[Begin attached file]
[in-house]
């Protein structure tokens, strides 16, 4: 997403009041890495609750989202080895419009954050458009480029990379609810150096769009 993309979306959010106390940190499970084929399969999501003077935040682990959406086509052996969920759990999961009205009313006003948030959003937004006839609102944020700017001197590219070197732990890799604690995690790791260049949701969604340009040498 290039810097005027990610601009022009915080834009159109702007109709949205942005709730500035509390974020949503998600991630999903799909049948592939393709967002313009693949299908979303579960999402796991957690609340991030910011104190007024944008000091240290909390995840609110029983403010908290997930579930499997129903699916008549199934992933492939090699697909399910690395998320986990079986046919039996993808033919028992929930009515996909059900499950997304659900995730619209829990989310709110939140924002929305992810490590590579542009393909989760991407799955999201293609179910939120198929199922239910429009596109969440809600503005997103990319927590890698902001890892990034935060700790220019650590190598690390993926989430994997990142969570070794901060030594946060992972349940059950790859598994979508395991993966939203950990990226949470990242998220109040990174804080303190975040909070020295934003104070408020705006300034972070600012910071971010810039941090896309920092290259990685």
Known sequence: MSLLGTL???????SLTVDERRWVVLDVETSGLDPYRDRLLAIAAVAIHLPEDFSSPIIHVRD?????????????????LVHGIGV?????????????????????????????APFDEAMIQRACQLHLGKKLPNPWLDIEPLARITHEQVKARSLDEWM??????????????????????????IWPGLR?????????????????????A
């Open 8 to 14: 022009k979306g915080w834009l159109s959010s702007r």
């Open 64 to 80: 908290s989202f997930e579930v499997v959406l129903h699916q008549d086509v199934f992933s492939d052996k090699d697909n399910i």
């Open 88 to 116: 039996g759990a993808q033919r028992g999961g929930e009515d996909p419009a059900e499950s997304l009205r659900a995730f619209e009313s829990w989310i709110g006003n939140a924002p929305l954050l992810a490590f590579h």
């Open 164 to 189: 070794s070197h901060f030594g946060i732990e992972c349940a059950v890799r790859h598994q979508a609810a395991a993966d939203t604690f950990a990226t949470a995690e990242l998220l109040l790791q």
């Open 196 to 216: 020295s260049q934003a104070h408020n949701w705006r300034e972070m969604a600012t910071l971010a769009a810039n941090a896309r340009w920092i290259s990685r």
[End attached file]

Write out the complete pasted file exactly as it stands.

[in-house]
């Protein structure tokens, strides 16, 4: 997403009041890495609750989202080895419009954050458009480029990379609810150096769009 993309979306959010106390940190499970084929399969999501003077935040682990959406086509052996969920759990999961009205009313006003948030959003937004006839609102944020700017001197590219070197732990890799604690995690790791260049949701969604340009040498 290039810097005027990610601009022009915080834009159109702007109709949205942005709730500035509390974020949503998600991630999903799909049948592939393709967002313009693949299908979303579960999402796991957690609340991030910011104190007024944008000091240290909390995840609110029983403010908290997930579930499997129903699916008549199934992933492939090699697909399910690395998320986990079986046919039996993808033919028992929930009515996909059900499950997304659900995730619209829990989310709110939140924002929305992810490590590579542009393909989760991407799955999201293609179910939120198929199922239910429009596109969440809600503005997103990319927590890698902001890892990034935060700790220019650590190598690390993926989430994997990142969570070794901060030594946060992972349940059950790859598994979508395991993966939203950990990226949470990242998220109040990174804080303190975040909070020295934003104070408020705006300034972070600012910071971010810039941090896309920092290259990685």
Known sequence: MSLLGTL???????SLTVDERRWVVLDVETSGLDPYRDRLLAIAAVAIHLPEDFSSPIIHVRD?????????????????LVHGIGV?????????????????????????????APFDEAMIQRACQLHLGKKLPNPWLDIEPLARITHEQVKARSLDEWM??????????????????????????IWPGLR?????????????????????A
């Open 8 to 14: 022009k979306g915080w834009l159109s959010s702007r």
């Open 64 to 80: 908290s989202f997930e579930v499997v959406l129903h699916q008549d086509v199934f992933s492939d052996k090699d697909n399910i």
């Open 88 to 116: 039996g759990a993808q033919r028992g999961g929930e009515d996909p419009a059900e499950s997304l009205r659900a995730f619209e009313s829990w989310i709110g006003n939140a924002p929305l954050l992810a490590f590579h």
């Open 164 to 189: 070794s070197h901060f030594g946060i732990e992972c349940a059950v890799r790859h598994q979508a609810a395991a993966d939203t604690f950990a990226t949470a995690e990242l998220l109040l790791q």
């Open 196 to 216: 020295s260049q934003a104070h408020n949701w705006r300034e972070m969604a600012t910071l971010a769009a810039n941090a896309r340009w920092i290259s990685r």